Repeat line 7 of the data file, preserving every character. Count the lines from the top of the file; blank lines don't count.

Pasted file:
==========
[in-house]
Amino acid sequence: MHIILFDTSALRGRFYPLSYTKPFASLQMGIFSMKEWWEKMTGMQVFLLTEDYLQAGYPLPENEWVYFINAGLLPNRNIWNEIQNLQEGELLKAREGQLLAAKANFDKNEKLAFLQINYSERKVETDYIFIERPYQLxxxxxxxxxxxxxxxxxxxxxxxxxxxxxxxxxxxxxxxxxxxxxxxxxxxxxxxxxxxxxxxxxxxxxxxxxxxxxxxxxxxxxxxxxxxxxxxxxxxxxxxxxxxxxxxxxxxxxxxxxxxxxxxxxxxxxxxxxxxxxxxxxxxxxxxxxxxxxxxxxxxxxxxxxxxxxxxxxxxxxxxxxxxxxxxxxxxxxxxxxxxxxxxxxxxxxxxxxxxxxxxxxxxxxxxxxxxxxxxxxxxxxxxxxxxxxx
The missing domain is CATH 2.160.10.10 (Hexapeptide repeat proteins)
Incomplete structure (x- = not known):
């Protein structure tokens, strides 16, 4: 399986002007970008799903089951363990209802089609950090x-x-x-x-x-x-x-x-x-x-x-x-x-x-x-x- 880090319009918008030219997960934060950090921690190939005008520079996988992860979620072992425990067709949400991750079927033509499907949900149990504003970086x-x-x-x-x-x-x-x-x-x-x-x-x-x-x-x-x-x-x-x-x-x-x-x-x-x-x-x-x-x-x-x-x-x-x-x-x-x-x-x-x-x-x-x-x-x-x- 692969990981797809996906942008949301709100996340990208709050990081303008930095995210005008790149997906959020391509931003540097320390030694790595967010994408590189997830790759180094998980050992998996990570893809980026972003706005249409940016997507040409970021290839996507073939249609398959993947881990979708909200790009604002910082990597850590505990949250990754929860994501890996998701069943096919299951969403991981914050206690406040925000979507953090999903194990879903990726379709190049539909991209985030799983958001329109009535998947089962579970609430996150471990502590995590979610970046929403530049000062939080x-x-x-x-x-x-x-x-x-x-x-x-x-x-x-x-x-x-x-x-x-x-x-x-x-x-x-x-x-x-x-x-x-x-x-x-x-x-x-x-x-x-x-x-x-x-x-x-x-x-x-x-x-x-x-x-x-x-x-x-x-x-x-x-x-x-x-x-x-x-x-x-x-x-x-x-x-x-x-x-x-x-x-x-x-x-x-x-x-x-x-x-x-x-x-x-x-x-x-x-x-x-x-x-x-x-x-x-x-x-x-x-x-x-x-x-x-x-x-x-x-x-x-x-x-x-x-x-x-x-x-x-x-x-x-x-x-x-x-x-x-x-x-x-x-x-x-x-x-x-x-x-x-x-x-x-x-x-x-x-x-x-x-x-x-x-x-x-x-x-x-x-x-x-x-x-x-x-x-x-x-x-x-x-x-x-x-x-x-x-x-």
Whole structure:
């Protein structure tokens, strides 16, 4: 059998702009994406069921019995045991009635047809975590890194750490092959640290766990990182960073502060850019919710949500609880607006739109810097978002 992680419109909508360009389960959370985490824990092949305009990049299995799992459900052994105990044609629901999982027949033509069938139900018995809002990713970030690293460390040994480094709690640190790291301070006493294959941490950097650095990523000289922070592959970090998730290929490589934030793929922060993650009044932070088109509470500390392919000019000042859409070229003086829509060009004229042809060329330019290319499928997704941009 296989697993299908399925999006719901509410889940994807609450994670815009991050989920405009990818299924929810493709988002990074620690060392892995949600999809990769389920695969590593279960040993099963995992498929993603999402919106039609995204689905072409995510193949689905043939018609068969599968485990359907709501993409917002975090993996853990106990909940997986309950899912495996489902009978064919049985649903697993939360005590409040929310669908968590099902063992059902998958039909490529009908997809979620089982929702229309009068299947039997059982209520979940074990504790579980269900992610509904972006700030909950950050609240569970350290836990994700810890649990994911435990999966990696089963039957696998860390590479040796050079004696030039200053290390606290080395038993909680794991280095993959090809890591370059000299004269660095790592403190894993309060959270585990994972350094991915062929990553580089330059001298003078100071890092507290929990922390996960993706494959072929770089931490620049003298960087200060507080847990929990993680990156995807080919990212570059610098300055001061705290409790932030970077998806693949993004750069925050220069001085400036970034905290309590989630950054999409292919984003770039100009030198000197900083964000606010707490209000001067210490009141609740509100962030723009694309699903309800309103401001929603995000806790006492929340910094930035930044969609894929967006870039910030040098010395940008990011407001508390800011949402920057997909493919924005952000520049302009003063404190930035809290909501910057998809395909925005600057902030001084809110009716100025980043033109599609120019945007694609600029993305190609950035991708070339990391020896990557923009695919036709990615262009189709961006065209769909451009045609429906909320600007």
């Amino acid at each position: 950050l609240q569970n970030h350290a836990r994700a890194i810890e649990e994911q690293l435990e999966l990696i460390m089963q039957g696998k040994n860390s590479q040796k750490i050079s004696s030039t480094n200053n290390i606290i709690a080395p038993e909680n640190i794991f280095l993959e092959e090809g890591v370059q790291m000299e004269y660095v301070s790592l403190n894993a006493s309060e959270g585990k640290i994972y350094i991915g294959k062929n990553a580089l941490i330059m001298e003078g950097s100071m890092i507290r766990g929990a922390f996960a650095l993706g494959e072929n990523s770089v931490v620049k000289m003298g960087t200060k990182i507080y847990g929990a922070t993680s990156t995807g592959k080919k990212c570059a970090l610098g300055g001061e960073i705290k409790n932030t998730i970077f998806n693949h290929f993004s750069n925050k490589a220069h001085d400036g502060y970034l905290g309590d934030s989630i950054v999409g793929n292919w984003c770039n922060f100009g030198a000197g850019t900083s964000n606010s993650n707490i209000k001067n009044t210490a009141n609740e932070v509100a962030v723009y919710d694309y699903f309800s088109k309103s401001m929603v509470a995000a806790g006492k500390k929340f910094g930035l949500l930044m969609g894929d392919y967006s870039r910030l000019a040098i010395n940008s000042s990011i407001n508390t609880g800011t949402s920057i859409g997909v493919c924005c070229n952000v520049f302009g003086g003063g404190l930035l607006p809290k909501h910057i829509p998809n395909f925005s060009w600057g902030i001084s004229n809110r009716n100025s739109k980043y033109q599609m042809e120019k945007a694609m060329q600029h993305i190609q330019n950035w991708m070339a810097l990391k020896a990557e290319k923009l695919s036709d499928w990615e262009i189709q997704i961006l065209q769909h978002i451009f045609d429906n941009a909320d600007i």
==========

């Protein structure tokens, strides 16, 4: 059998702009994406069921019995045991009635047809975590890194750490092959640290766990990182960073502060850019919710949500609880607006739109810097978002 992680419109909508360009389960959370985490824990092949305009990049299995799992459900052994105990044609629901999982027949033509069938139900018995809002990713970030690293460390040994480094709690640190790291301070006493294959941490950097650095990523000289922070592959970090998730290929490589934030793929922060993650009044932070088109509470500390392919000019000042859409070229003086829509060009004229042809060329330019290319499928997704941009 296989697993299908399925999006719901509410889940994807609450994670815009991050989920405009990818299924929810493709988002990074620690060392892995949600999809990769389920695969590593279960040993099963995992498929993603999402919106039609995204689905072409995510193949689905043939018609068969599968485990359907709501993409917002975090993996853990106990909940997986309950899912495996489902009978064919049985649903697993939360005590409040929310669908968590099902063992059902998958039909490529009908997809979620089982929702229309009068299947039997059982209520979940074990504790579980269900992610509904972006700030909950950050609240569970350290836990994700810890649990994911435990999966990696089963039957696998860390590479040796050079004696030039200053290390606290080395038993909680794991280095993959090809890591370059000299004269660095790592403190894993309060959270585990994972350094991915062929990553580089330059001298003078100071890092507290929990922390996960993706494959072929770089931490620049003298960087200060507080847990929990993680990156995807080919990212570059610098300055001061705290409790932030970077998806693949993004750069925050220069001085400036970034905290309590989630950054999409292919984003770039100009030198000197900083964000606010707490209000001067210490009141609740509100962030723009694309699903309800309103401001929603995000806790006492929340910094930035930044969609894929967006870039910030040098010395940008990011407001508390800011949402920057997909493919924005952000520049302009003063404190930035809290909501910057998809395909925005600057902030001084809110009716100025980043033109599609120019945007694609600029993305190609950035991708070339990391020896990557923009695919036709990615262009189709961006065209769909451009045609429906909320600007």